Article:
China has around 400 psychology schools and institutes — a steep increase from the five it counted in the 1980s. The expansion of the discipline is remarkable considering research ceased during the Cultural Revolution. Psychology schools and institutes were boarded up and psychologists banished to the countryside.
Han Buxin, the deputy general of the Chinese Psychological Society, says the field's roots in China stretch back more than two millennia to references in ancient texts such as the Analects of Confucius and Laozi's Dao De Jing.
Chinese polymath Chen Daqi opened the country's first psychological laboratory in 1917 with the support of the education luminary, Cai Yuanpei. Cai studied under the German experimental psychologist Wilhelm Wundt in Leipzig in the early 1900s. When Cai was appointed head of Peking University in 1917, he supported Daqi's plan to open the laboratory. More than a decade later Cai, as head of China's peak science academy, helped found China's Institute of Psychology, where Han now works.
Han says the impact of China's modernization, and the accompanying social stratification, have brought mental health research to the fore. Researchers have focused on social issues, suicide, divorce, and the impact of urbanization. Internet addiction and the one-child policy are also closely studied, as is how China's vast internal migrant economy affects workers and those they leave behind. “People with mental disorders now realize that psychology can be of help,” says Han, who works on mental health in the elderly. Psychologists are embedded in schools, businesses, government and the military. Psychological organizations and societies have proliferated, while subfields such as neuropsychology, management psychology and comparative psychology have also become popular. But, Han says, the English language remains a significant barrier to Chinese psychology research getting the recognition it deserves. “It's a source of stress,” he says.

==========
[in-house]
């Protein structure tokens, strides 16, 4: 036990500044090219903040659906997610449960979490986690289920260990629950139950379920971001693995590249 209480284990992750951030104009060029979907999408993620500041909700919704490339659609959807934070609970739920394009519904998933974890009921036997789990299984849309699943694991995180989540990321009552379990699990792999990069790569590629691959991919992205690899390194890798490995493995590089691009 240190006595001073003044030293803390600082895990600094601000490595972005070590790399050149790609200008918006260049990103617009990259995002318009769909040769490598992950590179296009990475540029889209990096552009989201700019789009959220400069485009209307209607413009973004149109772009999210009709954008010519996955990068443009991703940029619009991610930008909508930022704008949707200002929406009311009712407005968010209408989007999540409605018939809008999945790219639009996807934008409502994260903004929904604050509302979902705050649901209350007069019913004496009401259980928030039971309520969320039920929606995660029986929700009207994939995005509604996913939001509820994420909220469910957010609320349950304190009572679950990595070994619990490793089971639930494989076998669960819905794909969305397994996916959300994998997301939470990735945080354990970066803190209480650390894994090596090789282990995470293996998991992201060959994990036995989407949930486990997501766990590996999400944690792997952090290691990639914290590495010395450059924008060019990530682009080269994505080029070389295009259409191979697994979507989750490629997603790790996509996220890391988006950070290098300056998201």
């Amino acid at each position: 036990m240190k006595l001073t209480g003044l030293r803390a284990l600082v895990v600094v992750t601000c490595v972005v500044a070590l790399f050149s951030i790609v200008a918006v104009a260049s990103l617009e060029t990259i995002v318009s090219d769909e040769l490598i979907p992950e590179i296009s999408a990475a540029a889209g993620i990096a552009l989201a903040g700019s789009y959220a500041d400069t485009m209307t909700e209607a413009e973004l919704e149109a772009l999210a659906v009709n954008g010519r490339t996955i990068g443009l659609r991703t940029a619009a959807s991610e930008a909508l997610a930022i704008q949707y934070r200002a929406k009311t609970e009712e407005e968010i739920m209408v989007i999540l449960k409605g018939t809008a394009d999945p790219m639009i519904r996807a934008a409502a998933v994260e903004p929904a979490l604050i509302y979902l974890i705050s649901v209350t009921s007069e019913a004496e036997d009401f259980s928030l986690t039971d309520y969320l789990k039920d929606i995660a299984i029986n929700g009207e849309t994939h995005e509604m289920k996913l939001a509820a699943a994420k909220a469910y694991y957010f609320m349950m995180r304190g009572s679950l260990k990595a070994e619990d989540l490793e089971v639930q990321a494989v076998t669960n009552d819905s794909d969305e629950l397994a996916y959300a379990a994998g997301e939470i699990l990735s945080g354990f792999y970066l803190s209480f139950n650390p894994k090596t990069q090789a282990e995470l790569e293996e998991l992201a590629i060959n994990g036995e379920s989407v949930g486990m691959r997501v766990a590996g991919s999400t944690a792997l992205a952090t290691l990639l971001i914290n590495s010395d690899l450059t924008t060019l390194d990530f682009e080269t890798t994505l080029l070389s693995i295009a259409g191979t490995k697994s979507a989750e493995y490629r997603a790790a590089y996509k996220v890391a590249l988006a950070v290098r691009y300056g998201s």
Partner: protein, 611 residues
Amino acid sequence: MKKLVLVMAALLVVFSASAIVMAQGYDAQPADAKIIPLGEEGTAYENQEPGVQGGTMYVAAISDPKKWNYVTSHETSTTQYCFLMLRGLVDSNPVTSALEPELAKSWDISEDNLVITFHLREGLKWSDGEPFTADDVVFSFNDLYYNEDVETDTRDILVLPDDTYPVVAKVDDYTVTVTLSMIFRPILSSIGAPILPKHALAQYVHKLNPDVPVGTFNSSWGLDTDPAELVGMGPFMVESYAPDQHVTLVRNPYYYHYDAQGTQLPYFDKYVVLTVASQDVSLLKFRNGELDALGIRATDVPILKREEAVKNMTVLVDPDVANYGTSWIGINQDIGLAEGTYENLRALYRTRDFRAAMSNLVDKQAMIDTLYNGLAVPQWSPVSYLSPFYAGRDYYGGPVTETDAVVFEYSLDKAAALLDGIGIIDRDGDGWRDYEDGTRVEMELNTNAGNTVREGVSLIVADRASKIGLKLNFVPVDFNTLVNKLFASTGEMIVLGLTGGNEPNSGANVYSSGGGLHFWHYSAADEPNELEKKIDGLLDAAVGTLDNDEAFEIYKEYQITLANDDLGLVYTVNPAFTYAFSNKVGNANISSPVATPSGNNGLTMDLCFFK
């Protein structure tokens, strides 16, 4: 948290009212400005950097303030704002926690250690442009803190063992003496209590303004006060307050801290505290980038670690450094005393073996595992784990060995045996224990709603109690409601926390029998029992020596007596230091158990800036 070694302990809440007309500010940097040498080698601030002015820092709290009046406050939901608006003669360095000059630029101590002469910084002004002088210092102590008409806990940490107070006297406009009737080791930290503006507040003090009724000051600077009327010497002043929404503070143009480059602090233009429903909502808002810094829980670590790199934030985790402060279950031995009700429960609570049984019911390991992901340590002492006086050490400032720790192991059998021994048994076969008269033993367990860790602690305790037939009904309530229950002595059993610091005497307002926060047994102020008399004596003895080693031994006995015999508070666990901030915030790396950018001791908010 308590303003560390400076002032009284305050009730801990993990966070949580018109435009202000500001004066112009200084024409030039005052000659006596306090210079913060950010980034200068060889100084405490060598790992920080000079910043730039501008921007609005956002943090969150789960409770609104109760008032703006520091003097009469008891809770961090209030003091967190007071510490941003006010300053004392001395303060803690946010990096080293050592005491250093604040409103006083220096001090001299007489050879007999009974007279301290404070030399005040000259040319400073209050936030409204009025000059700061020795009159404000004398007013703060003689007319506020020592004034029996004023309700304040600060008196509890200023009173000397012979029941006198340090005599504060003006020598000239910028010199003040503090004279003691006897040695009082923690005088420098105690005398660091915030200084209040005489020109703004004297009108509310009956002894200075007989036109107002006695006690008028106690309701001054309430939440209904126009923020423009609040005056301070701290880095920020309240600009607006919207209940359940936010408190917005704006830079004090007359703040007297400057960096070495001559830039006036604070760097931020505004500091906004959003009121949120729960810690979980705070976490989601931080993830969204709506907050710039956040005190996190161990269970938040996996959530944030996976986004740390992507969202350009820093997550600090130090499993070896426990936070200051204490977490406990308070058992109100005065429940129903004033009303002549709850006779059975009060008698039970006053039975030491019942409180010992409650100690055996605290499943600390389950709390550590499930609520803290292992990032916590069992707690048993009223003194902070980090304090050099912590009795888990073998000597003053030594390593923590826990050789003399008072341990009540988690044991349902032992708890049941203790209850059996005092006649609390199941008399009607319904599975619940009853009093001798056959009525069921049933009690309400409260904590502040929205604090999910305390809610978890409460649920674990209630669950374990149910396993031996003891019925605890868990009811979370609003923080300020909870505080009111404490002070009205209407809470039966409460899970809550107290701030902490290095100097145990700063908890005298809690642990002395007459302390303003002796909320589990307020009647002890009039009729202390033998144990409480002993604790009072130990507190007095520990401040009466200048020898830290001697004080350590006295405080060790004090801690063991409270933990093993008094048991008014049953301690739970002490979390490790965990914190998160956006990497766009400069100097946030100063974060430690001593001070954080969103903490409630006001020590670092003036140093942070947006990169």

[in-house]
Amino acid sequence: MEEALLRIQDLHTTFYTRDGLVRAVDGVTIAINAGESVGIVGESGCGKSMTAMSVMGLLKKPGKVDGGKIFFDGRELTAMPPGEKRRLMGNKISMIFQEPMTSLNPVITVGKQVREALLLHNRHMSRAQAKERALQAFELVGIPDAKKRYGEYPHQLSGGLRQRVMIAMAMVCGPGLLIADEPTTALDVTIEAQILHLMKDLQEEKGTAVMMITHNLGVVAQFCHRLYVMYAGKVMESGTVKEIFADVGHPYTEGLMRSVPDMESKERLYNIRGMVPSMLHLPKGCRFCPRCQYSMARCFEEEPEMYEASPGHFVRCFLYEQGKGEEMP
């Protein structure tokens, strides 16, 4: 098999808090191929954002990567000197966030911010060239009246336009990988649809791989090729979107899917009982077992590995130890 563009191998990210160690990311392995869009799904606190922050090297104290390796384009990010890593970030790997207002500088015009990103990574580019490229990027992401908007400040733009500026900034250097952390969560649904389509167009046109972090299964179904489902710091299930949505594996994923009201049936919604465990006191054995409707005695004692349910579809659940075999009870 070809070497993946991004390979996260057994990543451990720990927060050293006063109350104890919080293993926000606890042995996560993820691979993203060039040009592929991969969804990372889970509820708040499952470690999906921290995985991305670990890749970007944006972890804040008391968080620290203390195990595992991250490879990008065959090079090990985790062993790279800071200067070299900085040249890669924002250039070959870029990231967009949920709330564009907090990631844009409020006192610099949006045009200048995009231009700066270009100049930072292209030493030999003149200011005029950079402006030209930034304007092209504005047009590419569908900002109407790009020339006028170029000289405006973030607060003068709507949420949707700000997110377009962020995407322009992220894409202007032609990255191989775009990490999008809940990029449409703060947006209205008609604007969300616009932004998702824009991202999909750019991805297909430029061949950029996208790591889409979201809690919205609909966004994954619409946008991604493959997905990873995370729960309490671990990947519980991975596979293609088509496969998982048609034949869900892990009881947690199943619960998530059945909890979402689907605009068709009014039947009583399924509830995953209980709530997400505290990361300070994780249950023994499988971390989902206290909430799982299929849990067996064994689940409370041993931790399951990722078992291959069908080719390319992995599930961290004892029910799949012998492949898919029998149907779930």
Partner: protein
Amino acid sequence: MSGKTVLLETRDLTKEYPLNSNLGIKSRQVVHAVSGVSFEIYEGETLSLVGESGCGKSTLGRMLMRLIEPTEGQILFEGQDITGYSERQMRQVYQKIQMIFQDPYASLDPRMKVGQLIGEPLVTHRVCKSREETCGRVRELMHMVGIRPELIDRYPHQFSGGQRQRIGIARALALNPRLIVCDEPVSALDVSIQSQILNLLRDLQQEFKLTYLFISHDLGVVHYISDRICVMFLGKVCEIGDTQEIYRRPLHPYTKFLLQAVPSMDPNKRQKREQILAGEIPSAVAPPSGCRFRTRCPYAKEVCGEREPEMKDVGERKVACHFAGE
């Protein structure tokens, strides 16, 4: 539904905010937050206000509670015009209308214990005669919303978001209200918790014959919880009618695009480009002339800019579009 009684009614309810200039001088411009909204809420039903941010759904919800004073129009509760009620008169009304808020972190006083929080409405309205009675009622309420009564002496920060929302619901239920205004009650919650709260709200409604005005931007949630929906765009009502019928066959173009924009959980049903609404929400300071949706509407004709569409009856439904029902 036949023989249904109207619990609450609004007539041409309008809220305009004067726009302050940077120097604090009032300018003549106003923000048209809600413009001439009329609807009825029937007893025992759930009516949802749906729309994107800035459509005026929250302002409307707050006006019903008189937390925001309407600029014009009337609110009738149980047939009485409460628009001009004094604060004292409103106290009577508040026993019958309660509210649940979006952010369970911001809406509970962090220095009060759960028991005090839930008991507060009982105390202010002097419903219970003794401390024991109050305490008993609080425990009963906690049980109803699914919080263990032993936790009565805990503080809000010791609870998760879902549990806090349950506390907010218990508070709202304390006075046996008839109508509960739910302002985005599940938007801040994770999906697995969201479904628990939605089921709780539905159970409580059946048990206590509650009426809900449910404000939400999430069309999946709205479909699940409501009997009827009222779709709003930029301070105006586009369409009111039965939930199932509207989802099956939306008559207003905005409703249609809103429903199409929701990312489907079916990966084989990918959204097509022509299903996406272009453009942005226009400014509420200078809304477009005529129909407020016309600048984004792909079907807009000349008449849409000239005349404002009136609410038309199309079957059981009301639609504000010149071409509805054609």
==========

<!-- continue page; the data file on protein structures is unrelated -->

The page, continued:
Box 2: NATURE INDEX
The Nature Index database tracks the affiliations of high-quality natural science articles, and charts publication productivity for institutions and countries. Article count (AC) includes the total number of affiliated articles. Weighted fractional count (WFC) accounts for the relative contribution of each author to an article, and adjusts for the abundance of astronomy and astrophysics papers. More details here.